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Richard Pryor is playing three different roles here. The first being a poor orange picker named Leroy Jones who gets laid off when by mistake he joins the worker's union during one of their... See full summary »
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James Earl Jones
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Billy Dee Williams,
James Earl Jones,
Car Wash is about a close-knit group of employees who one day have all manner of strange visitors coming onto their forecourt, including Richard Pryor as a preaching 'wonder-man' who is ... See full summary »
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In this film that closely parallels his own life story, Richard Pryor plays Jo Jo Dancer, a popular stand-up comedian who has severely burned himself in a drug incident. As he lies unconscious in a hospital, his spiritual alter ego gets up and begins a journey of his own. He revisits his life, from growing up in a brothel as a child and struggling to beat the long odds to become a top rated comedian. However, his success brings new problems as he develops a tragic pattern of substance abuse that begins to screw up his life. All the while, Jo Jo's spirit watches these events and attempts to convince his past self to turn off from his path of self destruction. Written by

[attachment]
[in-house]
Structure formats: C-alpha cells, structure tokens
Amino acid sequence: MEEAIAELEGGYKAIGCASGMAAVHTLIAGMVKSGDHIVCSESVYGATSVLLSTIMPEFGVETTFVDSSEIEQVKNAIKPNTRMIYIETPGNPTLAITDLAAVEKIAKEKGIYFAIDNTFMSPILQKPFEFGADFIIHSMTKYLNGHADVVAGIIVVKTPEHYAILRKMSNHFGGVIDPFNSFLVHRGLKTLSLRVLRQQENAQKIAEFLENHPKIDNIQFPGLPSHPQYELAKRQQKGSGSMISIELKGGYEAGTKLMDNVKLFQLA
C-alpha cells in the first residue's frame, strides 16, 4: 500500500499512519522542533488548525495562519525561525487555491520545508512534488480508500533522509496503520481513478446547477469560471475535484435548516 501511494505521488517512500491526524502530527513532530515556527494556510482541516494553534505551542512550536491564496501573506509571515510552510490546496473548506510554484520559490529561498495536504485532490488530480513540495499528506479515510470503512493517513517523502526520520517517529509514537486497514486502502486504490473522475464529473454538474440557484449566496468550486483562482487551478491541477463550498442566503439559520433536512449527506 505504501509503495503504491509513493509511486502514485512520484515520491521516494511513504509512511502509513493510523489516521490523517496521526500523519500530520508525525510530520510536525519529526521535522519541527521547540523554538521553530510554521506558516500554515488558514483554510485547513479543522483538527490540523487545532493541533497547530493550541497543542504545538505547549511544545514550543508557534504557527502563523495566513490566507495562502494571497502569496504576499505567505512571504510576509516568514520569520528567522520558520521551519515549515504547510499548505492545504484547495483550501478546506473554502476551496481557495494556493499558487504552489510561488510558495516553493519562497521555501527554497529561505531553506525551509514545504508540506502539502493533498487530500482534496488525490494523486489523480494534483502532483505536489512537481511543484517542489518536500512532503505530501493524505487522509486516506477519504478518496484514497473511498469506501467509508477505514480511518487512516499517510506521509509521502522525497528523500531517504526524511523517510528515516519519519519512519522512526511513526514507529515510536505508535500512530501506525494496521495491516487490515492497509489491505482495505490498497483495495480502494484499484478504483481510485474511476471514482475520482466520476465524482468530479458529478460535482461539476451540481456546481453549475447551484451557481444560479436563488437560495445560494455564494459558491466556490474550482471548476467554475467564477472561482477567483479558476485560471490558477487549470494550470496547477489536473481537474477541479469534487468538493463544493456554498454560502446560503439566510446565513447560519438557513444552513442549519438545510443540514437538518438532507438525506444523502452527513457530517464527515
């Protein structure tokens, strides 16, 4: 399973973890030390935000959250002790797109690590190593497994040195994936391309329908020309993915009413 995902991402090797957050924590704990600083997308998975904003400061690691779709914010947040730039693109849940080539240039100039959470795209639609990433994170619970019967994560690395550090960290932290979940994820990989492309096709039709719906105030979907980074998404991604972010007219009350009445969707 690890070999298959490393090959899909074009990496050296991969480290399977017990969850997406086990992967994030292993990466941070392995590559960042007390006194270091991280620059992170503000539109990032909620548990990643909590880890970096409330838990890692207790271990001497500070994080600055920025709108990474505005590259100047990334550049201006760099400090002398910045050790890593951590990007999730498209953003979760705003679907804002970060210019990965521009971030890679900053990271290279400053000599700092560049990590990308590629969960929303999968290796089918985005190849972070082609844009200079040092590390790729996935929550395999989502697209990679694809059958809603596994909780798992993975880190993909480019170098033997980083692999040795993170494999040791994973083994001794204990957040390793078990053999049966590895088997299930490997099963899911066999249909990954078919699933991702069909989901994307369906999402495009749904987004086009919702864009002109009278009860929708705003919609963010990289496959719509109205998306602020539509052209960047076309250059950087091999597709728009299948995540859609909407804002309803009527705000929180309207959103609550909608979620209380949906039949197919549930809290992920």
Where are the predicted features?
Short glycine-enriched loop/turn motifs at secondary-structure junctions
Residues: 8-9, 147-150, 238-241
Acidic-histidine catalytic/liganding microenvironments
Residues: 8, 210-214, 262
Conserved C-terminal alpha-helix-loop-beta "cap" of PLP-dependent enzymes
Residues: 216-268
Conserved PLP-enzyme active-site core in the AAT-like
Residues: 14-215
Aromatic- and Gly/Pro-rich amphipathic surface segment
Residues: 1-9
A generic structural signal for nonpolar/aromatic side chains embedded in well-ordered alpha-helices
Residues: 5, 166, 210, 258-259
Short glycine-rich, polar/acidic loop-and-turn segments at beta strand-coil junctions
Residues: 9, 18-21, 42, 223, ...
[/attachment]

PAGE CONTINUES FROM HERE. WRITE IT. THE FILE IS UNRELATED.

Kenneth Chisholm <email@example.com>
I'm not sure if a biographical film as raw and truthful as "Jo Jo Dancer" ever had a chance to be a big financial hit. But viewed now, more than 15 years later, it is obvious that the film did not deserve the critical drubbing it got back in the day. Writer-director-producer-star Richard Pryor created a very strong film, simultaneously entertaining, funny, pathetic, provocative, heartbreaking, revealing, and raw. Two things held it back. Firstly, it was too rough for the super-slick mid-80s, being shot and structured more like a seventies film. Secondly, even though the climax of the film--Jo Jo setting himself on fire in a harrowing, drug-fueled despair--is powerful, it lacks a sense of closure. Sadly, the reason for this is that, like the real life Richard Pryor upon whose life the story is based, Jo Jo doesn't die at the end. He is badly burned and we are briefly shown that he lives to continue his career, just as Pryor did.
The story is told through flashbacks, after Jo Jo has set himself on fire, focusing on how he got to that point. Since the story abruptly ends soon after his suicide attempt, however, we are not shown much of what happens after that point. In an odd bit of irony, Jo Jo's survival then makes for an unsatisfying conclusion, story-wise. It's as though Pryor is saying, hey I burned myself up and that made me all better. It just isn't satisfying.
Other than those minor points, however, "Jo Jo" is a fine film that stands as one of the best of Pryor's spotty film career, and one of the very few dramatic films that allowed his unique brand of rage and vulnerability to show through completely ("Blue Collar" and "The Mack" being two others).
Not a classic, but certainly not the bomb it was painted as in '86. And, I might add, head and shoulders above the majority of dramatic films cranked out by hollywood today.
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